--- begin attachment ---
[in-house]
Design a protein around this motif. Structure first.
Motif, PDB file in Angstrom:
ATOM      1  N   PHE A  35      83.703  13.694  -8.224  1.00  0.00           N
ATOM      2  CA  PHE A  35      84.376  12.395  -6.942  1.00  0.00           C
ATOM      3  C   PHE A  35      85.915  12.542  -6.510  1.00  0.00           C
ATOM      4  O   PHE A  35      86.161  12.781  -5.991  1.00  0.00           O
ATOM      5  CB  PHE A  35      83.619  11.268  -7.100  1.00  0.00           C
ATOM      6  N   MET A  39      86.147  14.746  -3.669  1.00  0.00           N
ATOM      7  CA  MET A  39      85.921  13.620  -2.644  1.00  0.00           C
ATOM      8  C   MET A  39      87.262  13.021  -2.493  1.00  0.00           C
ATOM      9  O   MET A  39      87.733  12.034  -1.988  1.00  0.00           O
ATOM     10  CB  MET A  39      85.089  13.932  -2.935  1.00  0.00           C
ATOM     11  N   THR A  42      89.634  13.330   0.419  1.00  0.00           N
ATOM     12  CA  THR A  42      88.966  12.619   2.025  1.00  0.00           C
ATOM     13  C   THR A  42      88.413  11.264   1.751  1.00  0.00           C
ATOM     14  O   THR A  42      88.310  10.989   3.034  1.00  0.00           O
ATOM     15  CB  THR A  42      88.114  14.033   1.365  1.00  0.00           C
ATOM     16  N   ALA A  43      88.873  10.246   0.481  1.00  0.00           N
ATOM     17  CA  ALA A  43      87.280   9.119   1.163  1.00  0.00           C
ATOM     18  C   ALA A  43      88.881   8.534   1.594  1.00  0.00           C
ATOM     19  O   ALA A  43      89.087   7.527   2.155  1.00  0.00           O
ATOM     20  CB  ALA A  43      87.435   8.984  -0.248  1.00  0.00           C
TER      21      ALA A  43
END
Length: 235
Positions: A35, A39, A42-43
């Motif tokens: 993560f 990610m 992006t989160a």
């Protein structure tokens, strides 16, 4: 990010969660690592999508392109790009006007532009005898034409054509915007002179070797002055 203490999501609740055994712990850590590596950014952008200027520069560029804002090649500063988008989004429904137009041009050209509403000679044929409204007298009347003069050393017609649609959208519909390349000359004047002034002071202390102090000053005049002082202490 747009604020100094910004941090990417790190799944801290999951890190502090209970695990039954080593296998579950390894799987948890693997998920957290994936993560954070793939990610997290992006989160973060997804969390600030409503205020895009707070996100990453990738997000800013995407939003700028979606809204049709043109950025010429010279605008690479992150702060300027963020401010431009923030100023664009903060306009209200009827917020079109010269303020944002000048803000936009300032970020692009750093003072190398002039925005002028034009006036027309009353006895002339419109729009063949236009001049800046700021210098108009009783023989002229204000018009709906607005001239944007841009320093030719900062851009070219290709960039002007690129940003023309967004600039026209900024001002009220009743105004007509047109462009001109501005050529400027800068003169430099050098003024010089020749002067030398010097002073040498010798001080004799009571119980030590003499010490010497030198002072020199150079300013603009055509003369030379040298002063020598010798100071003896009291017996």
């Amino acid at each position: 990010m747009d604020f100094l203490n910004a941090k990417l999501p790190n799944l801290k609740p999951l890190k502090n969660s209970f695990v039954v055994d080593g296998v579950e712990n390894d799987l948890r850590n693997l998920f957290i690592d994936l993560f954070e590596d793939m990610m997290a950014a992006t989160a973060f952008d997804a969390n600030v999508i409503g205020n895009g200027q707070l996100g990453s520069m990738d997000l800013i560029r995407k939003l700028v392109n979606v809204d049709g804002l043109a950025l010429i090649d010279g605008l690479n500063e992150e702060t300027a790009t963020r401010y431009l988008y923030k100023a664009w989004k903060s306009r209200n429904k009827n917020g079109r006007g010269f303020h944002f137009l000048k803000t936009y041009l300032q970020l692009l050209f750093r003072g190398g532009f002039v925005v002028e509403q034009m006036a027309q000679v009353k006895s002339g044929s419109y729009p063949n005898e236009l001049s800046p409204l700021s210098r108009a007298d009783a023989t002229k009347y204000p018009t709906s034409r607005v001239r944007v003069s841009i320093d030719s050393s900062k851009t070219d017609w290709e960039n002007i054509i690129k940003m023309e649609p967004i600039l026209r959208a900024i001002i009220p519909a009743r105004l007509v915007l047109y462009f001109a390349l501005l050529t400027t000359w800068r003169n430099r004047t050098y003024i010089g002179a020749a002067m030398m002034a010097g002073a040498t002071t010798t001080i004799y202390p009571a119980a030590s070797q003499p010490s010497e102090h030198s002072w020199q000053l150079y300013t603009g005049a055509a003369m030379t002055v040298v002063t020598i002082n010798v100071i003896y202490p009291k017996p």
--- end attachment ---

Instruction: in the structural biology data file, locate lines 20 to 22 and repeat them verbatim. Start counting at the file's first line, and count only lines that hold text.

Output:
ATOM     17  CA  ALA A  43      87.280   9.119   1.163  1.00  0.00           C
ATOM     18  C   ALA A  43      88.881   8.534   1.594  1.00  0.00           C
ATOM     19  O   ALA A  43      89.087   7.527   2.155  1.00  0.00           O